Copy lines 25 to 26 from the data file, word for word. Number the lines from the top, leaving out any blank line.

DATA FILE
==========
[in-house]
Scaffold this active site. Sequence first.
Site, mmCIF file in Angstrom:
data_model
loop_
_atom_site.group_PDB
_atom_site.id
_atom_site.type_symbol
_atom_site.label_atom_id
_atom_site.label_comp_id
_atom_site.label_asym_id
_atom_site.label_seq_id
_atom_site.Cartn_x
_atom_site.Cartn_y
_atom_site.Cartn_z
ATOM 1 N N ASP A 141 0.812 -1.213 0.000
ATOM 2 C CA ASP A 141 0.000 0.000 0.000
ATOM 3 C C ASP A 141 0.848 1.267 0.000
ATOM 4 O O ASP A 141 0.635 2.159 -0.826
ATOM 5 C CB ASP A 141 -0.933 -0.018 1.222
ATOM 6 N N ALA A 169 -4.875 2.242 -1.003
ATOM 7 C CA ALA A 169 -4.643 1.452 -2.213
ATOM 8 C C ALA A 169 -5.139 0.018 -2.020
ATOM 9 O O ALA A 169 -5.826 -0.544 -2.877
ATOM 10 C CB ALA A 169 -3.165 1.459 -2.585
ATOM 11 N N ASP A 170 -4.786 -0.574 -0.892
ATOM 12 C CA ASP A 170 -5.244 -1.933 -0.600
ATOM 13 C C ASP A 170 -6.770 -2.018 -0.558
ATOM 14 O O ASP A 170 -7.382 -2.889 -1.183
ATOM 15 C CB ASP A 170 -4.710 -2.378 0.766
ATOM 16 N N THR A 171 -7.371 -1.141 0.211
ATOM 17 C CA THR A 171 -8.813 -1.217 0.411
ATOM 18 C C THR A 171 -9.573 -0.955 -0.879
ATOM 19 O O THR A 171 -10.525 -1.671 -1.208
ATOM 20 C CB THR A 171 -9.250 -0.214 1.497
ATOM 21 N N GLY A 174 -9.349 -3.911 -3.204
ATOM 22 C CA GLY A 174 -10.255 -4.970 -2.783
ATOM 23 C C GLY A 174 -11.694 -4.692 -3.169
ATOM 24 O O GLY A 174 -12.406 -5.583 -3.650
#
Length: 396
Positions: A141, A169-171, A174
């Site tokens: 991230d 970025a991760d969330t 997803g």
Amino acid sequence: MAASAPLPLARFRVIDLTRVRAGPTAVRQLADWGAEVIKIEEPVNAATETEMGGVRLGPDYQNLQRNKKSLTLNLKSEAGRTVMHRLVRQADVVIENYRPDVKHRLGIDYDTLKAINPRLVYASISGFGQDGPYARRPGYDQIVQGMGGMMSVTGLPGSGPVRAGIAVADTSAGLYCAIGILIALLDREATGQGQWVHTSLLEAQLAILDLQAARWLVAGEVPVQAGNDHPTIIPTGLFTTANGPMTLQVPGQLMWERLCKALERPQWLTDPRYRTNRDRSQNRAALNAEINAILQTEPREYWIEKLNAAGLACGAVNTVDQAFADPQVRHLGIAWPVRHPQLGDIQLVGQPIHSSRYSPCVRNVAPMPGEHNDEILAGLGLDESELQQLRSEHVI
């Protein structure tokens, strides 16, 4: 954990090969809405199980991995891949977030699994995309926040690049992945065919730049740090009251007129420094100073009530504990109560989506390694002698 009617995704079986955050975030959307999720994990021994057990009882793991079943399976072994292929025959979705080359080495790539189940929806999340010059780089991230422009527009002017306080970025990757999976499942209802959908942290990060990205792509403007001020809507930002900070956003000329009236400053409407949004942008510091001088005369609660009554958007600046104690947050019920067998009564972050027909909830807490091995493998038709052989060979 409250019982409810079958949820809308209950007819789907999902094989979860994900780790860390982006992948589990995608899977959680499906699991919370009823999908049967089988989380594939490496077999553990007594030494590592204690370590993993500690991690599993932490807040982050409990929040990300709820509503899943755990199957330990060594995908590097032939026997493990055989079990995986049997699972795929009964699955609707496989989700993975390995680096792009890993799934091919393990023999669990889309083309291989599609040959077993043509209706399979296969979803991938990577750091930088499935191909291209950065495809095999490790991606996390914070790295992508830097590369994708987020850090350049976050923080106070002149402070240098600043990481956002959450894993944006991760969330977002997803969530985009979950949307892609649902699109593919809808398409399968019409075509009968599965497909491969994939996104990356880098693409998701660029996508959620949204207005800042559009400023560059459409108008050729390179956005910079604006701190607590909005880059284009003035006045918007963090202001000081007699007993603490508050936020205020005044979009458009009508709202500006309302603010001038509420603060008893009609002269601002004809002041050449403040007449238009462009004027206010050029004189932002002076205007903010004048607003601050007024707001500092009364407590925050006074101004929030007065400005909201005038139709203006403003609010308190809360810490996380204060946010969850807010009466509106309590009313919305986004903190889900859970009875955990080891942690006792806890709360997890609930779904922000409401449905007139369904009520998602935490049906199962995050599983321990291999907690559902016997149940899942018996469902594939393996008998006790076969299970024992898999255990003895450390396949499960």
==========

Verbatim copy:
ATOM 10 C CB ALA A 169 -3.165 1.459 -2.585
ATOM 11 N N ASP A 170 -4.786 -0.574 -0.892